A normalized convention of comics, narration, thought bubbles, speech balloons, and any other text that exists outside the narrative world in a comic works in tandem with the images. The words then inform images, as most comics possess a heavy amount of dialogue. Text and narration is particularly useful in creating meaning between images (ie: jumping from scenes or through time).
For a large scale story covering more than one superhero as well as multiple years, narration is featured heavily in Darwyn Cooke’s New Frontier. With such a large cast to share so many pages, there requires some cutting and seamless transitioning to perfectly cover individual character stories several times over while simultaneously moving the plot forward, the art jumping from scene to scene while the narration is presented in multiple different ways to link the images and fast forward through story events.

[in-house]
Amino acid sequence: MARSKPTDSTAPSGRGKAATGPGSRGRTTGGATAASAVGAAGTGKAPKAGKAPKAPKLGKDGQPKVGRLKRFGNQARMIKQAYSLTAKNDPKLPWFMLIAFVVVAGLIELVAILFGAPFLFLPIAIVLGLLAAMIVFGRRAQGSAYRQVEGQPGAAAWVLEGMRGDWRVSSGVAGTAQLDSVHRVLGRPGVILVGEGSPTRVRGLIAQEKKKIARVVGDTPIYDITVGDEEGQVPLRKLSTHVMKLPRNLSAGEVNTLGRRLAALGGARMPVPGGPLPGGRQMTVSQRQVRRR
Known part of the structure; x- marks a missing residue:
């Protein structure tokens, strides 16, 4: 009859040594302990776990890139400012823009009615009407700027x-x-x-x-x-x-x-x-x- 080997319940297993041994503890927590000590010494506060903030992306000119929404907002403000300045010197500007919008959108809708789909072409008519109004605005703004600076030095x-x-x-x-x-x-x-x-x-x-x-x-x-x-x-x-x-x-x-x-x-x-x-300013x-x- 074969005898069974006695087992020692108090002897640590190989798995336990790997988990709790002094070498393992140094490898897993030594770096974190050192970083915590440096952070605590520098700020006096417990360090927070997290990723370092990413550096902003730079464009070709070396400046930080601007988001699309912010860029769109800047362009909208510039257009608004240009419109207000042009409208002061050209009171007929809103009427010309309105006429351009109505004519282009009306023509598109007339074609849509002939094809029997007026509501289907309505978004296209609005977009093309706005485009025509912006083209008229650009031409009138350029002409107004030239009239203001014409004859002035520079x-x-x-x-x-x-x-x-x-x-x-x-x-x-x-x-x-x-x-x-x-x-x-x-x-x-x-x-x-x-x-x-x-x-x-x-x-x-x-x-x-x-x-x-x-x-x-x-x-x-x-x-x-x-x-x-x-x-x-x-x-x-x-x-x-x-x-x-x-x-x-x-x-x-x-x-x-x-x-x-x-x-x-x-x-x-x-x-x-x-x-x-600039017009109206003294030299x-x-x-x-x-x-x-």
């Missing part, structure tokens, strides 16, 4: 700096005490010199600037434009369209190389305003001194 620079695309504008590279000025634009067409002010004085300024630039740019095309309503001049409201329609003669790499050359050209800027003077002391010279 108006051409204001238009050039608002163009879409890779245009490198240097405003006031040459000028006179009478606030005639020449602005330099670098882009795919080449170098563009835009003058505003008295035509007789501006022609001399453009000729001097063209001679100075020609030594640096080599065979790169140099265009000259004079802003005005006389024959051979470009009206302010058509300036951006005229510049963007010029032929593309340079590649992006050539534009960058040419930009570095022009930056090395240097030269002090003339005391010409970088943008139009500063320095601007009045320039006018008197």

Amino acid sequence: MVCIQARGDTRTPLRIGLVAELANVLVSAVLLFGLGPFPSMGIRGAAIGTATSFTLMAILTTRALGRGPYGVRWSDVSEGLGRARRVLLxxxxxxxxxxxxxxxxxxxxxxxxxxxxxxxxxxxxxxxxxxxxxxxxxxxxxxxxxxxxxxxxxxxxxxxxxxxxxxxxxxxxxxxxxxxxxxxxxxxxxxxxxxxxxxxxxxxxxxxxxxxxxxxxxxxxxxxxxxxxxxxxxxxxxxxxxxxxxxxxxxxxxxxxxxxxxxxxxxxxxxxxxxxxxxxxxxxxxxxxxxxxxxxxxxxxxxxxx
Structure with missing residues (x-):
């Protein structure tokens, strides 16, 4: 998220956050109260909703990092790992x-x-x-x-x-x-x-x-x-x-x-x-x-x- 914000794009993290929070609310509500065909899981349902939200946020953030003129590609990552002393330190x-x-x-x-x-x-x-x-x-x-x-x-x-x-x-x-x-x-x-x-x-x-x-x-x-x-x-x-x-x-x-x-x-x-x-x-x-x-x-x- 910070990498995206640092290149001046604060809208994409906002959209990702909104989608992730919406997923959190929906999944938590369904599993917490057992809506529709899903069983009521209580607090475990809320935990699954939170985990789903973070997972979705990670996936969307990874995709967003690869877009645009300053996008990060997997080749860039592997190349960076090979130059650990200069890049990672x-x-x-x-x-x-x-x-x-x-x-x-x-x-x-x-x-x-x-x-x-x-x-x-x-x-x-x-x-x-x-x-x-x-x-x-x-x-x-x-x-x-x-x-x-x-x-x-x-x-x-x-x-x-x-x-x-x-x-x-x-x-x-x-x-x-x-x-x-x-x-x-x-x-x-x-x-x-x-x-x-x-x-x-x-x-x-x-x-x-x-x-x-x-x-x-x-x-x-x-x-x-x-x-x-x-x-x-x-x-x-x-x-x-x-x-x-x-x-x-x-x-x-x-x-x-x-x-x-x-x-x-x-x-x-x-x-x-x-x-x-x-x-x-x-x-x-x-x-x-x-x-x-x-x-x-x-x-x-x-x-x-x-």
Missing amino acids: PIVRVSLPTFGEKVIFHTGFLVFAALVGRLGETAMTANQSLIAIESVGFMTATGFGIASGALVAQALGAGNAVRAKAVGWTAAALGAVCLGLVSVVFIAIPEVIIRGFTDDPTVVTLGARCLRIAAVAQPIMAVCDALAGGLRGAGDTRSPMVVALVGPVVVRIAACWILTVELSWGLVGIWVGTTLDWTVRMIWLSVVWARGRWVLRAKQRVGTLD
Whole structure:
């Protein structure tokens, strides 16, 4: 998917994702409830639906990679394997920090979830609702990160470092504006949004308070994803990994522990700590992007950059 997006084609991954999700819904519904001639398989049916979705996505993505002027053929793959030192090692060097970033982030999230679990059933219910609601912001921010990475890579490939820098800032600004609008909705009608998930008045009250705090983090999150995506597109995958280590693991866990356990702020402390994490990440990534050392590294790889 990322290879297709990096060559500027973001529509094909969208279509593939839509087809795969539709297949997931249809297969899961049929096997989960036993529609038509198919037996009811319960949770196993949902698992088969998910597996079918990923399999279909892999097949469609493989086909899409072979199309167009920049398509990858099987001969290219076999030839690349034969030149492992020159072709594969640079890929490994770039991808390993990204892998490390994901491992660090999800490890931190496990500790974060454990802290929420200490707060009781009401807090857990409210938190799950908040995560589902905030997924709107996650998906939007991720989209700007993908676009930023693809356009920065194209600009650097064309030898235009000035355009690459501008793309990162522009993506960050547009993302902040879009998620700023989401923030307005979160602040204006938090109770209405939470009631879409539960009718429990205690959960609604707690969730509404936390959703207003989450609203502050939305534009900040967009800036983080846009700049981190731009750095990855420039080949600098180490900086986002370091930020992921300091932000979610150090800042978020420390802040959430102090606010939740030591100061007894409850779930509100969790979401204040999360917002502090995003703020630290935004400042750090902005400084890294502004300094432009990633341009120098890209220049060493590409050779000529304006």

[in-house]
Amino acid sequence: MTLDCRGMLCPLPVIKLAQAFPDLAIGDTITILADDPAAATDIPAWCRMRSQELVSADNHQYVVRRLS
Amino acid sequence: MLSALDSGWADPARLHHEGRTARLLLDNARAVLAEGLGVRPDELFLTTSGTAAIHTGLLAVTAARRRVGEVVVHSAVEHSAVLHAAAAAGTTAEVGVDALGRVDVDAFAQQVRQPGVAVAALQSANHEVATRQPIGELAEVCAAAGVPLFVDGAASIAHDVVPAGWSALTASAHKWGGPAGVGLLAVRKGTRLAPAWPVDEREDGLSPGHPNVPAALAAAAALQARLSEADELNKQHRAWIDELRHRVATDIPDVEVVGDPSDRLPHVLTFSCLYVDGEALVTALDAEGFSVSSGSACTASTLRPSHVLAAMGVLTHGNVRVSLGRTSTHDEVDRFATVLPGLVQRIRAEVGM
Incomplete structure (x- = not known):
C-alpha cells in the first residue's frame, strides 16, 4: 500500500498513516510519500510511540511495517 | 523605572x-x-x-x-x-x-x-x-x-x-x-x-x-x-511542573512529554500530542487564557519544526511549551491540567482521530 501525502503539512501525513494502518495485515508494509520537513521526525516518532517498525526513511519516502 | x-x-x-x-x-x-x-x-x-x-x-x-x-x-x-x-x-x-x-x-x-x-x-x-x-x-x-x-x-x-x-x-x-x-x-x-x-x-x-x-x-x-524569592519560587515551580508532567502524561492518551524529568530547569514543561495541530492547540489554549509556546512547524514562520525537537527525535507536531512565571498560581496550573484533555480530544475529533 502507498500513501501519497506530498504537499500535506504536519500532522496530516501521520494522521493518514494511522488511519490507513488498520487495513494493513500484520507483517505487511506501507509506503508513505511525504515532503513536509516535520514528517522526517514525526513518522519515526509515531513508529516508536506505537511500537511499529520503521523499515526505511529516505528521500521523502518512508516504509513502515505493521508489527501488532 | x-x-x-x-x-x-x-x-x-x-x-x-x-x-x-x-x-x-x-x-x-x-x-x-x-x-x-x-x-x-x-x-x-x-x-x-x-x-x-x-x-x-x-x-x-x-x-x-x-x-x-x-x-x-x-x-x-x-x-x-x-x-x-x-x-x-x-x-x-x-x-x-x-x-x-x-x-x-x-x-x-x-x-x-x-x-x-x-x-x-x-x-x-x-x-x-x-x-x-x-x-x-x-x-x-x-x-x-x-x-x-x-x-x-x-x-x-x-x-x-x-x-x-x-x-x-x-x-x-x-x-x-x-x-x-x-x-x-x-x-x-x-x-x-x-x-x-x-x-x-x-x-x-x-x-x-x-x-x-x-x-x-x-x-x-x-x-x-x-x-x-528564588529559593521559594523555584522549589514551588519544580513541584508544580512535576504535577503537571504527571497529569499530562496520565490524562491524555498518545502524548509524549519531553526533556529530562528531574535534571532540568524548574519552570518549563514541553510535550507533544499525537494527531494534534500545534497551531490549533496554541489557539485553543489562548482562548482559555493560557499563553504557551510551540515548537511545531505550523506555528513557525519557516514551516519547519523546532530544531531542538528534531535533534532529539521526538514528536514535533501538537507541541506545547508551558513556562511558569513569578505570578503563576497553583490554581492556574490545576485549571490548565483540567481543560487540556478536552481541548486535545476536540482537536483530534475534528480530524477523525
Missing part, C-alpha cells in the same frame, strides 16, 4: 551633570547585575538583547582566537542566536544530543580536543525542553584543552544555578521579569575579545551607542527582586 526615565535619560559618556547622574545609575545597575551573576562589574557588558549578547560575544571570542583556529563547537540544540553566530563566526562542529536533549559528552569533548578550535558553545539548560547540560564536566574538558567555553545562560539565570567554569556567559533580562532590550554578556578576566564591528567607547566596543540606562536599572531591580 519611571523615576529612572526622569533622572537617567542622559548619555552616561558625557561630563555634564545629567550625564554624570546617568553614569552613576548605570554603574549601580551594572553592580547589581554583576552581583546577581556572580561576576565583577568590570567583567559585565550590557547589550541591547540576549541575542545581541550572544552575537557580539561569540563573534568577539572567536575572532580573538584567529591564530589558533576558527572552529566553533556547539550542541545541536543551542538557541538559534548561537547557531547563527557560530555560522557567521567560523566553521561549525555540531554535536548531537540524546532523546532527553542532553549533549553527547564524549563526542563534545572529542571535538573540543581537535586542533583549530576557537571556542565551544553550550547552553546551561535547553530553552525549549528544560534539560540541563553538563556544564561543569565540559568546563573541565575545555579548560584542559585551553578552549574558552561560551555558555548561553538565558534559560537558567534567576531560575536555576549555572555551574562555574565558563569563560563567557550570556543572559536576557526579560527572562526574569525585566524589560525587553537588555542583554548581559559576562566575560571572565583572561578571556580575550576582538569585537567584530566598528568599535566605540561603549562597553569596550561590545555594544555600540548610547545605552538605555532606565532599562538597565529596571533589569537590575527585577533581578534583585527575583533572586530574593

In one instance, the narration is enclosed in a file shaped narration box to serve as a “report” in the diegetic world, while informing the reader in the extradiegetic.
Similarly, a news article written by a character who appears in the story exists as physical pages within the comic, but is presented as an article within the universe of it as well, retelling information previously stated from another perspective while informing the reader of political movements and other issues within the story that had previously come to pass, as the story starts almost in the thick of events.
As a piece set in the 1940s-1950s with the style of heavy narration like a 1940s-1950s comic, Cooke makes use of various conventions to make the large amount of text more interesting. Lots of text can be daunting, boring, or might cause the reader to lose interest, but it manages to become something else as Cooke turns it into something else with a bit of a kick.